I'm currently using this book in conjunction with a university course, and I feel obliged to provide some sort of counterargument to the previous negative reviews. I don't have the time to write a massive line-by-line defence, but there are a few of points that warrant a fairer hearing. (1) the material is actually very well organised - I find the Unit/Lesson/Exercise structure to be more than sufficient as an overall architecture for the book, and the authors have evidently thought hard about establishing both obvious and subtle transitions from one section to another; (2) transliterations are a crutch, and I get the impression they're not included in this book as a result of a calculated decision rather than an error of omission - I've been learning Arabic with this book for a matter of weeks, and already I feel confident reading Arabic script, albeit with limitations - I very much doubt this would be the case had transliteration been routinely available; (3) the assertions that the book is light on grammar, vocab, and pronunciation strike me as odd - I approached this book with the expectation that it's to be used in close conjunction with a regular course of study and, ultimately, with in-country experience, and I wonder whether previous reviews realise this? We don't learn how to drive a car by memorising exhaustive lists of instructions, but rather we learn through gently amassing experience. Same with language.

Overall, I'd recommend this text highly.
2 internautes sur 3 ont trouvé ce commentaire utile 
5.0 étoiles sur 5 Excellent resource for Arabic learners 13 novembre 2013
Par Steve Shermlix - Publié sur Amazon.com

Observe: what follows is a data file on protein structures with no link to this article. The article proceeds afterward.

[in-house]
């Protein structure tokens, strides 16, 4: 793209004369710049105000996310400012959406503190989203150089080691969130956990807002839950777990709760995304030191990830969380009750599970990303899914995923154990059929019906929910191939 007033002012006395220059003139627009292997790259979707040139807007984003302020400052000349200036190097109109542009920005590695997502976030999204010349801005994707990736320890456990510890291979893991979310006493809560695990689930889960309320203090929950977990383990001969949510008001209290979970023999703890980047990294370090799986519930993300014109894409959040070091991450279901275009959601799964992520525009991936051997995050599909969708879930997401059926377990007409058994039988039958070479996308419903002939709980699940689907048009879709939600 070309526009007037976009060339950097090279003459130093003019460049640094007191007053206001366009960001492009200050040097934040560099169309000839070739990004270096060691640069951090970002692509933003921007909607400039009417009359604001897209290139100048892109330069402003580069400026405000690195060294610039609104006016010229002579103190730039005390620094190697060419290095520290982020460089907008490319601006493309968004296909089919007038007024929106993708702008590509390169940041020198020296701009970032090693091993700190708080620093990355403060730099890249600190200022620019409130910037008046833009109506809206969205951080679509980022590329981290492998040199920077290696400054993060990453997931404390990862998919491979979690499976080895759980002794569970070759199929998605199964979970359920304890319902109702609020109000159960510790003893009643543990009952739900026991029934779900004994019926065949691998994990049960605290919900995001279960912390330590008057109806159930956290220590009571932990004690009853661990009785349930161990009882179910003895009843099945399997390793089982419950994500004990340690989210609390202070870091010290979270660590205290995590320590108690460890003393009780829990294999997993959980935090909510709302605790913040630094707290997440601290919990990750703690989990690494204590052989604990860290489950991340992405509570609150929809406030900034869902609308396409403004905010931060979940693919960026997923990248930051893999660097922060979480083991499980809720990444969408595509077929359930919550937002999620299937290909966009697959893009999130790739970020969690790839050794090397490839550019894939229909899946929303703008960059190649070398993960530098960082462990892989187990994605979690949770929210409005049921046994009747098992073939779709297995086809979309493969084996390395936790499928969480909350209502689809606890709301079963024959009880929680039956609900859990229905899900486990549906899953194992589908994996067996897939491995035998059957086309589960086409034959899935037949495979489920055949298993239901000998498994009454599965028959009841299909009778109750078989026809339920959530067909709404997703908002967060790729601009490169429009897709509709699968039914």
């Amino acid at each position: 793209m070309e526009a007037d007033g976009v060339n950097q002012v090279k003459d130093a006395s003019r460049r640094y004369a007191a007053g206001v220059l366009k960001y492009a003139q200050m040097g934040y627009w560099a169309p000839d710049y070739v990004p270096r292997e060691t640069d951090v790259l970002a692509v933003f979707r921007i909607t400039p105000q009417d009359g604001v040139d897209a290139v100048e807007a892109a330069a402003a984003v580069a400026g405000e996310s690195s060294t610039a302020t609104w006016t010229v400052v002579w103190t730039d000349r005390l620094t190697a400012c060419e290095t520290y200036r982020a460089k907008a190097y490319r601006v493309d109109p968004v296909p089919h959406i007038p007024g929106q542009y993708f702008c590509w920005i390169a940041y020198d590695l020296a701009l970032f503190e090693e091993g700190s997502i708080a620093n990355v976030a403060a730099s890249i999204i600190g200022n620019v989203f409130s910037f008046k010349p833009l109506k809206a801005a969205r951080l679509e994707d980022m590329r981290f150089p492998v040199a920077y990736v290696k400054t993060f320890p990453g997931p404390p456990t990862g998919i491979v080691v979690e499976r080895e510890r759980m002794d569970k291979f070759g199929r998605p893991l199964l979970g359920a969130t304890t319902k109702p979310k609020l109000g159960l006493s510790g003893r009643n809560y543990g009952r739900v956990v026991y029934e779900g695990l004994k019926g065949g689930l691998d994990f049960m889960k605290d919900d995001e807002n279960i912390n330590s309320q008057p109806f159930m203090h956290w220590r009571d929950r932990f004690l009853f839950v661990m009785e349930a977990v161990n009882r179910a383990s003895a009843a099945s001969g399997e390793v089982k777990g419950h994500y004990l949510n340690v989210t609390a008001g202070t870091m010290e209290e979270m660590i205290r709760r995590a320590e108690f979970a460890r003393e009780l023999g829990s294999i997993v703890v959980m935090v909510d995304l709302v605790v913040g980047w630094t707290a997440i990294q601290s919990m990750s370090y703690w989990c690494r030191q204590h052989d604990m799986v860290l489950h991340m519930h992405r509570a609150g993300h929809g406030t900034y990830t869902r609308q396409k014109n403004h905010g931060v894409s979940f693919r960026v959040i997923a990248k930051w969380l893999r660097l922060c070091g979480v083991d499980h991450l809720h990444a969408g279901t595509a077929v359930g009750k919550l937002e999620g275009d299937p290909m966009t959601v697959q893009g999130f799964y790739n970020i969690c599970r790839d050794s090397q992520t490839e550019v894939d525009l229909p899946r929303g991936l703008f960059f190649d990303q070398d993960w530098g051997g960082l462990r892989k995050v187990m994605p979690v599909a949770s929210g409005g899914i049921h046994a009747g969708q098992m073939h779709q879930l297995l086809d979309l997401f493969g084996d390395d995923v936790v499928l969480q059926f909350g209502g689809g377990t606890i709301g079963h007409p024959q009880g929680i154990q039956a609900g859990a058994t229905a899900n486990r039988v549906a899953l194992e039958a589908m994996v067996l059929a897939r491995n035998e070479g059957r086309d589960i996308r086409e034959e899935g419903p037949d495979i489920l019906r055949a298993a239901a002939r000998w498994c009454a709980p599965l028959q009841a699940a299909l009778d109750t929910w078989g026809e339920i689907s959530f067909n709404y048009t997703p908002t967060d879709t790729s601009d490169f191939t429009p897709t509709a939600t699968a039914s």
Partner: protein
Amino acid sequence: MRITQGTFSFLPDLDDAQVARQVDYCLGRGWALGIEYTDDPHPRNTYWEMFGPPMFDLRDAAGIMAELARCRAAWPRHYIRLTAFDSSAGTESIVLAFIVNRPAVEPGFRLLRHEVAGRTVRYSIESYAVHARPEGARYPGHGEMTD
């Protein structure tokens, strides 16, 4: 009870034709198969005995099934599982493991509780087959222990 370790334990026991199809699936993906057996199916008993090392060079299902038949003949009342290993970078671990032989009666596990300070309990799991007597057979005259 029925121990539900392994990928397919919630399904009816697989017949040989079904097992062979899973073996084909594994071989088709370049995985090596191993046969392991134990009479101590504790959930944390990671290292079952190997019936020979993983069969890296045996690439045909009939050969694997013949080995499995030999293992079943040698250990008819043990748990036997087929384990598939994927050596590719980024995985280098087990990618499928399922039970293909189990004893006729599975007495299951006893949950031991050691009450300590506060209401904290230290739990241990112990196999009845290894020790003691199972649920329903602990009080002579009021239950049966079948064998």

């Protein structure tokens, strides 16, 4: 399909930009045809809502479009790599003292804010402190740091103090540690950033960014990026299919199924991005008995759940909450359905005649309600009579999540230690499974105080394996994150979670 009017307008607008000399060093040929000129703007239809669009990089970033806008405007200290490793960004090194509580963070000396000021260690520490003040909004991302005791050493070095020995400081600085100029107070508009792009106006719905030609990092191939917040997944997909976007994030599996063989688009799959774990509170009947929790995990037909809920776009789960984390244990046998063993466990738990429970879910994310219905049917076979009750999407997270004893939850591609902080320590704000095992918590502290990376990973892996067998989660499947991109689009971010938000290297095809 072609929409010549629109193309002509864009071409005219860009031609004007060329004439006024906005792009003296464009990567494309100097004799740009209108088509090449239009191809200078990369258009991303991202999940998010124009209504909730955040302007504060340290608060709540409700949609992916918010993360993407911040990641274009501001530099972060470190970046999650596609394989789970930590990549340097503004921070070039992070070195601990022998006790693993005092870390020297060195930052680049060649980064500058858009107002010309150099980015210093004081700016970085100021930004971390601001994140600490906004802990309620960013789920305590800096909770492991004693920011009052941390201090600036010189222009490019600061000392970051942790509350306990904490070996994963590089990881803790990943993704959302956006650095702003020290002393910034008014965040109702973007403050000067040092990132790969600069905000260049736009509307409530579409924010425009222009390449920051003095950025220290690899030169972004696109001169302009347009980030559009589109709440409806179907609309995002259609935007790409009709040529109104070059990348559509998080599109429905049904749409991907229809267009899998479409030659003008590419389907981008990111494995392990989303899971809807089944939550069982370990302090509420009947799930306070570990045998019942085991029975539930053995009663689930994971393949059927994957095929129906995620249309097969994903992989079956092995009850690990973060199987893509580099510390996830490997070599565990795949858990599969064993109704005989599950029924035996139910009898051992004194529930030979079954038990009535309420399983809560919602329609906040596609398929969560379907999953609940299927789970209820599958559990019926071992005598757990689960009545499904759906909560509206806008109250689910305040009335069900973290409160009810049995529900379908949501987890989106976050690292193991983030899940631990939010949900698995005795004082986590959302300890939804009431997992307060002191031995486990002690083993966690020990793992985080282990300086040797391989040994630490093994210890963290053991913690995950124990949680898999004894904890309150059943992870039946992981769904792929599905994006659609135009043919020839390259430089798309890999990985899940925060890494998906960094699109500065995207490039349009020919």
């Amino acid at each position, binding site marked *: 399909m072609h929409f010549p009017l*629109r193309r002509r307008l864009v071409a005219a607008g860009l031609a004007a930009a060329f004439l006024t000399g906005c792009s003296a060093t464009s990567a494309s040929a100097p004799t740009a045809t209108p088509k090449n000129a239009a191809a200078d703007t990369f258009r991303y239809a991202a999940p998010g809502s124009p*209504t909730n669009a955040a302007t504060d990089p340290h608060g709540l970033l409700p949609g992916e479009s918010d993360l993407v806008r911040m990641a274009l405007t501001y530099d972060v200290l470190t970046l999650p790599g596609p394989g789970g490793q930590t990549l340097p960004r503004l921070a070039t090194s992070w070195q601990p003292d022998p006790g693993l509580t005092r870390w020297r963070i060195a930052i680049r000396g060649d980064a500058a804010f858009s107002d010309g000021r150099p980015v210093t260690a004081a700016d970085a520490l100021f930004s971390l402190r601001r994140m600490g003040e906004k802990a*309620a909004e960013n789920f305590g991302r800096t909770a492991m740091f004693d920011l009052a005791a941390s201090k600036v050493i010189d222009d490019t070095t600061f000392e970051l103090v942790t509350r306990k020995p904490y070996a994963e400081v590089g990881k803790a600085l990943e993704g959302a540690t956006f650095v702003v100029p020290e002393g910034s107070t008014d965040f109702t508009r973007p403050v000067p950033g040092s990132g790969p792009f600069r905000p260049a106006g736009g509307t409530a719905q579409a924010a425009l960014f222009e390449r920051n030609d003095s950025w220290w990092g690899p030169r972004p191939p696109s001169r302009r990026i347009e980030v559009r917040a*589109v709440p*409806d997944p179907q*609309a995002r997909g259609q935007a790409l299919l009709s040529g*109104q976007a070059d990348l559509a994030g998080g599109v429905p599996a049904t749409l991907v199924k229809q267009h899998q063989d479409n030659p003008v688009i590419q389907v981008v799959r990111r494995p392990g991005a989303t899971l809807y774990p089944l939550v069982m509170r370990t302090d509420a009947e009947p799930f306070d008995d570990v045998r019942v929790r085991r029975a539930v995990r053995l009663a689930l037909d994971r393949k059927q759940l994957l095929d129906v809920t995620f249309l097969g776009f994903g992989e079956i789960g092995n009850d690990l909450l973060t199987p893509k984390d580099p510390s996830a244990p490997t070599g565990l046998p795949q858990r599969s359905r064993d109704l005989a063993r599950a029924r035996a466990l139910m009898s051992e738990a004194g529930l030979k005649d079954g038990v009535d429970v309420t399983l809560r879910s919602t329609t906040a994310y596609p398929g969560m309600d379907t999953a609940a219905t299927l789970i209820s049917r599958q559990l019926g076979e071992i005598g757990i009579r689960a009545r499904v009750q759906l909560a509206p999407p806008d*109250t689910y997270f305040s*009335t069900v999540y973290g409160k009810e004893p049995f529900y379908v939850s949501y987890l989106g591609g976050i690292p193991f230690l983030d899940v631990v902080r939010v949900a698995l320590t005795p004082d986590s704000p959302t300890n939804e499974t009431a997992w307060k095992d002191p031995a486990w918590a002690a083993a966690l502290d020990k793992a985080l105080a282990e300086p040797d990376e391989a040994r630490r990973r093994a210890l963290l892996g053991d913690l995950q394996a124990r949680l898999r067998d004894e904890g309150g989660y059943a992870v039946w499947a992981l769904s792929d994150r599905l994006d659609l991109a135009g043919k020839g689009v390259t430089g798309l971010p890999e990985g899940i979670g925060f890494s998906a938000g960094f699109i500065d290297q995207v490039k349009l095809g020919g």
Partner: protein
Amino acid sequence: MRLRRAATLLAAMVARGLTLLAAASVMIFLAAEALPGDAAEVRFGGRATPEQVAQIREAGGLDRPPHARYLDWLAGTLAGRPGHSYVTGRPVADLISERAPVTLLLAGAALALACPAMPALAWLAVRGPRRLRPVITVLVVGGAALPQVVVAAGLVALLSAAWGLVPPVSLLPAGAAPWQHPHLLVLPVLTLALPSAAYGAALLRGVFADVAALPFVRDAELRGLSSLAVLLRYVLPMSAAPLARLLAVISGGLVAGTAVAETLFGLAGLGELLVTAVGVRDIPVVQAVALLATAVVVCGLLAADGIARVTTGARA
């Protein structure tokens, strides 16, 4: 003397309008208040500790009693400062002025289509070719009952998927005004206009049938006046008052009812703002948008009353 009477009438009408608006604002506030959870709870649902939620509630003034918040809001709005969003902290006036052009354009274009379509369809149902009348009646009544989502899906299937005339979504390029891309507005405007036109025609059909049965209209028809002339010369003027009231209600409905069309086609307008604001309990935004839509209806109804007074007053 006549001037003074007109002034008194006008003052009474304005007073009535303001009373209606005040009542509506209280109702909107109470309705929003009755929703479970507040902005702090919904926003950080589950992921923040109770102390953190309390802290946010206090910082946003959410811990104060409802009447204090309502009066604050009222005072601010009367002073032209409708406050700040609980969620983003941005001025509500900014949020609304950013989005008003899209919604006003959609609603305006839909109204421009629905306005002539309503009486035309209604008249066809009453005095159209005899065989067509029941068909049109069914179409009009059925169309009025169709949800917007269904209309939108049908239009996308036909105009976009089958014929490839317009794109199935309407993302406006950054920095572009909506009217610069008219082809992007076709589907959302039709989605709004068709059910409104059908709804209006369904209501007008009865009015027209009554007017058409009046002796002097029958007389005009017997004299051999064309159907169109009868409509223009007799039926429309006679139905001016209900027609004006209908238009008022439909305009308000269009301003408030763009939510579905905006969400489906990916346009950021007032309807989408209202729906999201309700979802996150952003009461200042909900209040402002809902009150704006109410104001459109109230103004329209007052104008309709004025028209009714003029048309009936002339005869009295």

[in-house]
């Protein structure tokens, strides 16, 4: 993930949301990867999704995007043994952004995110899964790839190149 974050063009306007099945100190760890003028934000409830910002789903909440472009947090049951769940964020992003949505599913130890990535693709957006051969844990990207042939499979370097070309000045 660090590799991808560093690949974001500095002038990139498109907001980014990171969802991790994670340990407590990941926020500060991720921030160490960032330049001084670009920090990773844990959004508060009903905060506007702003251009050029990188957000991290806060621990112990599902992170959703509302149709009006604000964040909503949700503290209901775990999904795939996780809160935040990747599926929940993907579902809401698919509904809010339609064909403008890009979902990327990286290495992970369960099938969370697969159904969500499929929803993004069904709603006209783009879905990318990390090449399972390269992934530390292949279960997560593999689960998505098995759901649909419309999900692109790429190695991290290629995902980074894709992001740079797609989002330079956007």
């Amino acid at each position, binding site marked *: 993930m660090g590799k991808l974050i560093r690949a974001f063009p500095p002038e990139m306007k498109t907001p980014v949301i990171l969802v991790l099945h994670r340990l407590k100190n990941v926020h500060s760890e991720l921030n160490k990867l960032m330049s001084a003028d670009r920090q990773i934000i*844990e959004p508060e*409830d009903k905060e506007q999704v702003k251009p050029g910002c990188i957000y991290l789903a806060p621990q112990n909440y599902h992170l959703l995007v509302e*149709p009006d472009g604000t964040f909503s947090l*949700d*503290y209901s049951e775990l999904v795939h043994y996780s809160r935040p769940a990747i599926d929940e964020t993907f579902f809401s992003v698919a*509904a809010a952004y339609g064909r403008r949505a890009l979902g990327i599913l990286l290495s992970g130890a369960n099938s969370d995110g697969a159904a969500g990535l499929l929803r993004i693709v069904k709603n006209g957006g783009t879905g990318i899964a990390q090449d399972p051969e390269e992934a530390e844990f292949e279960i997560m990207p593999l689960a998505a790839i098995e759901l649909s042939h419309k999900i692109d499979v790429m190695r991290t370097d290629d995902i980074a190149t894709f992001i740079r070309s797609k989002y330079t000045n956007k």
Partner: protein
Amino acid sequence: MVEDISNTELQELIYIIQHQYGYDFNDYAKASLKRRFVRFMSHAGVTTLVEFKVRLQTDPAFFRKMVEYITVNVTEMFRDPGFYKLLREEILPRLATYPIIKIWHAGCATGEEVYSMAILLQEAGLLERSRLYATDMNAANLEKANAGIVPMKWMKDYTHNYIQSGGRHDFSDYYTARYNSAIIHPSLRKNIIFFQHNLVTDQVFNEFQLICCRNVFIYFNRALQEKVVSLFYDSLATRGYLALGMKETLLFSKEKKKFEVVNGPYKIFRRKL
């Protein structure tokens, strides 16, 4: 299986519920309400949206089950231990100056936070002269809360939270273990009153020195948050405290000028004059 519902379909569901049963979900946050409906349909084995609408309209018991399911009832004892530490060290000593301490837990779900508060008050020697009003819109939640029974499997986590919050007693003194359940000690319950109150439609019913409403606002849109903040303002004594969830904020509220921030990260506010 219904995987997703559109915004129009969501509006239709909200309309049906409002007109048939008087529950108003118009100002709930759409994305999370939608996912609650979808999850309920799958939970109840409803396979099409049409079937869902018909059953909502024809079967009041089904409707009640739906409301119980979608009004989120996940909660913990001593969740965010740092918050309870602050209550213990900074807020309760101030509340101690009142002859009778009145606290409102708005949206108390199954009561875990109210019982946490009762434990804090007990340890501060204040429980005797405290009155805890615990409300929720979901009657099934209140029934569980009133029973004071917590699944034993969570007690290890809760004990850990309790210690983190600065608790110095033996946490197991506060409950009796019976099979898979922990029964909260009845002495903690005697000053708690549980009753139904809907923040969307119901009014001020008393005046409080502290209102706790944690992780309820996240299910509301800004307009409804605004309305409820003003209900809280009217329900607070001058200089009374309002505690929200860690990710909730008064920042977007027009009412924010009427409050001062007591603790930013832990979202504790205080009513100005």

This book has been an excellent introduction to learning Arabic. I feel confident about speaking in a variety of different settings thanks to the Unit structure of this book. Each unit is set in a different place, such as when the main character loses her passport in the airport or when she is looking for a place to live in when she arrives in the Middle East. This approach to teaching the language by immersing the reader in the story of the main character is unique and I find it to be very effective. The book teaches the background of vocabulary and grammar which can then be applied to different settings. For example, although there is no specific unit in the book about going to a shop run by Egyptians, ordering a burrito with all different types of toppings, and then explaining to them that you are a student at the nearby university and you are studying Arabic because your father speaks it, I was able to do exactly that thanks to the solid foundation of Arabic that I am building through this book.

Transliterations are unnecessary - the book comes with audio recordings as well as videos, powerpoint slides, and writing exercises. These resources help you pronounce the words effectively, but in my experience I have found that perfect pronunciation is not the goal at this stage in the learning of a language anyway.

I would recommend this book highly to anyone who is focused on grasping the Arabic language and particularly mastering spoken conversation, which seems to be emphasized in this course. As someone who skates by on doing the bare minimum of work and not really reviewing the vocabulary, I am surprised by how my skills in this language are growing and I look forward to where this course will take me. I am confident that I will have a functional ability to communicate in Arabic in a short time.
3.0 étoiles sur 5 Arabiyaat al-naas review 5 mars 2014
Par Charles - Publié sur Amazon.com
Format:Broché|Achat vérifié
The text book is fantastic. It is as was recommended the best Arabic text book I've come across and I am enjoying learning from it. I have learned Modern Standard Arabic to an intermediate level and I bought this book to learn Levantine Arabic as well as improving on my Modern Standard.
3 internautes sur 6 ont trouvé ce commentaire utile 
2.0 étoiles sur 5 I expected much more 14 octobre 2013
Par Gwilym - Publié sur Amazon.com
Being interested in Arabic in general and Levantine Arabic in particular, I had been waiting eagerly for this book ever since it was announced and pre-ordered it from Amazon.co.uk. Unfortunately, it turned out to be a major disappointment. Below I describe why I did not like, then finish with a few alternatives if you're interested in spoken Levantine Arabic